And instead of fear, Dell felt only joy.

The Return to the Mundane

It seems, in a way, cruel. To feel the curtains of one’s heart part without effort to enter the place of magic and pure presence, only to return to where you are used to residing.  I have not re-learned what the young child already knows: to live each moment in open-hearted wonder. The ordinary often takes over my mind, and replaces the inherent magic held inside all life.

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The blades of grass on the lawn attract the eye in their uniformity and neatness, but the magic they hold is hidden unless I stop to view with fresh eyes.

pexels-photo-220859This takes effort, or at least intention. The energy in the ordinary feels comfortable, and even flat, when compared to the extraordinary. Yet, this is the nature of life for most of us. I can’t help but think this is part of the cause of so many of our addictions. This inherent search for a “high” to escape the ordinary. When one feels euphoria, or glimpses “nirvana,” it is difficult to accept the placid.

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It’s not simply the placid, though, is it? It’s not fair to say the ordinary, alone, is not enough, and the reason why we seek something more, which does not always feel wonderful. When I was in the moors, at the Raven’s Nest, I did not feel wonderful. In fact I felt a profound sadness and longing. The key, though, is that I felt this state to such an extend it opened my heart to pure connection to the Land and its Spirit. There became, for that time, no division between us. We were one being. It’s a little ironic that I would gladly trade a piece of cheesecake (which happens to be my favorite dessert), to feel this presence again, with all of the pain.

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What I felt was a sense of purpose and belonging that was impossible to describe, except that it felt like I had come home. After, I should add, a long absence. For the ordinary life seems to distance oneself from this state of unfettered connection.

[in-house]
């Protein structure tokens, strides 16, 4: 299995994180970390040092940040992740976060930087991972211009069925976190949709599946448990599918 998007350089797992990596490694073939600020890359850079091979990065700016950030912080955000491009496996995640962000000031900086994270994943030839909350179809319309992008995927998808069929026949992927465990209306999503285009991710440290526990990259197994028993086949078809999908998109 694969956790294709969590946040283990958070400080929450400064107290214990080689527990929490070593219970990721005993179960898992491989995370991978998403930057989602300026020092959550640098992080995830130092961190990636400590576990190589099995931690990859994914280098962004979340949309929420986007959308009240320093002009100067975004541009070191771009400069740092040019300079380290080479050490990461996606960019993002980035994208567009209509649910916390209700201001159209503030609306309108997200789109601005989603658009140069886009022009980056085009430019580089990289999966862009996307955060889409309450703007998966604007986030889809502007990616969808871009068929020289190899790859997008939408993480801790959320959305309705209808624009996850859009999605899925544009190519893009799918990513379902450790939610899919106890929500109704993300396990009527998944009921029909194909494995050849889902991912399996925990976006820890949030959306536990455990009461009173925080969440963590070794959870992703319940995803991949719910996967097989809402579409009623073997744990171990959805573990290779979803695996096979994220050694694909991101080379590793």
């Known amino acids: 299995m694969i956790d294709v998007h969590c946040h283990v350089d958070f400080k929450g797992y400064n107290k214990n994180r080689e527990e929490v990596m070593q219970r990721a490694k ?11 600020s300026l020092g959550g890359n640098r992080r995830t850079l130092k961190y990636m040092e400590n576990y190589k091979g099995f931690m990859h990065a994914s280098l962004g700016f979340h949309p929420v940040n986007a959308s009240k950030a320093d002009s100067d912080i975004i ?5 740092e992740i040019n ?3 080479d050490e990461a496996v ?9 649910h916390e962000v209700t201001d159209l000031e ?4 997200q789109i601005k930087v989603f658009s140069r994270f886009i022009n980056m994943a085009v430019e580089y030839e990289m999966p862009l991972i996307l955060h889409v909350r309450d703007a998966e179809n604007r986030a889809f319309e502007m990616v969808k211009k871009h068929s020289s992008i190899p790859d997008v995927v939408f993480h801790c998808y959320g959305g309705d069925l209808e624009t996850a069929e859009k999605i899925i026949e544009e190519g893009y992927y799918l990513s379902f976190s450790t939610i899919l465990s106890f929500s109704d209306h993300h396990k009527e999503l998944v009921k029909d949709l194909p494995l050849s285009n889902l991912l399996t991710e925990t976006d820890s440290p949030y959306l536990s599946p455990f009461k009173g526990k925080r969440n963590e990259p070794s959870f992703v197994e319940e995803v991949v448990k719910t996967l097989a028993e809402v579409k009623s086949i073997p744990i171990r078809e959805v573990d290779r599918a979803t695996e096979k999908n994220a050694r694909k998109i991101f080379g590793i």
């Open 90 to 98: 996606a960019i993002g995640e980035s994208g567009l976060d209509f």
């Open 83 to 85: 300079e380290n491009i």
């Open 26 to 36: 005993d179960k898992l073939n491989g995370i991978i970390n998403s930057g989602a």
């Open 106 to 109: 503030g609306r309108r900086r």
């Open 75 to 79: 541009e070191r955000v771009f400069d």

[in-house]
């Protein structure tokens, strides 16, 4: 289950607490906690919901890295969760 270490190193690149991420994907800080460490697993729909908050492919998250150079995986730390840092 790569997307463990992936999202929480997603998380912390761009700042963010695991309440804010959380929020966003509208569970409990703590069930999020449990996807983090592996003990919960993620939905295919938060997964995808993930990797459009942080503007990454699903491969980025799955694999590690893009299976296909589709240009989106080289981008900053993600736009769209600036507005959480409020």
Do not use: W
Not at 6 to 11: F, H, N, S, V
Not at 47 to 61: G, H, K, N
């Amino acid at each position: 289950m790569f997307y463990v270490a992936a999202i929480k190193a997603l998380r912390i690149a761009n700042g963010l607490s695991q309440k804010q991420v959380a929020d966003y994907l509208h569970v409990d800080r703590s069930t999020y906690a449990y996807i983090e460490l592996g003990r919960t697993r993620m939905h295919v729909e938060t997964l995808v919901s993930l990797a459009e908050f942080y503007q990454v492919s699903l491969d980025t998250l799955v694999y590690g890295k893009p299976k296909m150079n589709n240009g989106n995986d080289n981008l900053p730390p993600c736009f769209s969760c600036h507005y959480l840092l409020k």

The real “high,” is not an artificial attainment. It is not an escape from the mundane, but rather to feel the extraordinary in the ordinary in each moment. Even if the extraordinary is not so wonderful to feel. I don’t even know if this is entirely possible to feel with such presence, all of the time. The care-takers of Arbor Low, I suspect, could not tend to their farm at its base, if they were feeling the energy of its extraordinary magic all the time. And, furthermore, does that mean that their life has any less meaning?

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I am, on the one hand, quite in awe of their role as caretakers, living a seemingly ordinary life that serves to ground the energies that are so powerfully present above them. It is almost as though they know not what they protect, and that in itself makes their role all the more extraordinary. Really, how else could one reside in a place such as this?

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Is the farmer living a life more, or less, real than the person who walks the stones and feels transported beyond the mundane? At some point, it seems, we all must come back to Earth. We must tend to our children and animals, clean our residences, prepare and eat meals and carry out the daily tasks of life. If we don’t, a state of chaos can take over. Messes pile up, the gnaw of hunger starves the body, bills go unpaid, and we eventually find that we have lost our handle on life itself.

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Yet we keep seeking, don’t we? As though we are trying to fill a void that is infinite. We use food, drugs, cars, vacations, houses, shoes, porn, electronics, exercise…there are so many ways to fill in the blank. There are almost an endless number of things we use to try to fill the void that is ever-present. Telling us there is more to life, if we could just figure out what it was and how to get it.

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Of course, getting it is the problem. There is no getting of what is already present. We look outside, instead of looking within. It’s not easy to see in the dark, so we resist the finding of the light within. To see into that place of magic that resides in all things. You. A blade of grass. A rock. The person beside you. To open that door to the extraordinary in the ordinary, and leave it open. To see the world through the eyes of the inner child, always, seems as impossible as it seem necessary.